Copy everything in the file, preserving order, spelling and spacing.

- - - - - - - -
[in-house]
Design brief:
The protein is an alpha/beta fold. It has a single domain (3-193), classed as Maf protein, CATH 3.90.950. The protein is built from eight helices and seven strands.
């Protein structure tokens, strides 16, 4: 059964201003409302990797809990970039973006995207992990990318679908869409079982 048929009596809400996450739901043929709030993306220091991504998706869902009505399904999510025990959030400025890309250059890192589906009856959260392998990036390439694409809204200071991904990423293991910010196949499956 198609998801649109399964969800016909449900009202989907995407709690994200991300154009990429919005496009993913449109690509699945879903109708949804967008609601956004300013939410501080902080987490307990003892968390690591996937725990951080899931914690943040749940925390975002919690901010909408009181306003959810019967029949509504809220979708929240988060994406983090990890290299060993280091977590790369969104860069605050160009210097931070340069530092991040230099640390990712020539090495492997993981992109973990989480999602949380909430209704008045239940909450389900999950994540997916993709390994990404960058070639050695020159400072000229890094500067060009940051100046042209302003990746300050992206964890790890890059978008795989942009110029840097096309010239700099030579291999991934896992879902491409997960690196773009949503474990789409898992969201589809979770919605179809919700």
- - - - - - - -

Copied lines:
[in-house]
Design brief:
The protein is an alpha/beta fold. It has a single domain (3-193), classed as Maf protein, CATH 3.90.950. The protein is built from eight helices and seven strands.
């Protein structure tokens, strides 16, 4: 059964201003409302990797809990970039973006995207992990990318679908869409079982 048929009596809400996450739901043929709030993306220091991504998706869902009505399904999510025990959030400025890309250059890192589906009856959260392998990036390439694409809204200071991904990423293991910010196949499956 198609998801649109399964969800016909449900009202989907995407709690994200991300154009990429919005496009993913449109690509699945879903109708949804967008609601956004300013939410501080902080987490307990003892968390690591996937725990951080899931914690943040749940925390975002919690901010909408009181306003959810019967029949509504809220979708929240988060994406983090990890290299060993280091977590790369969104860069605050160009210097931070340069530092991040230099640390990712020539090495492997993981992109973990989480999602949380909430209704008045239940909450389900999950994540997916993709390994990404960058070639050695020159400072000229890094500067060009940051100046042209302003990746300050992206964890790890890059978008795989942009110029840097096309010239700099030579291999991934896992879902491409997960690196773009949503474990789409898992969201589809979770919605179809919700």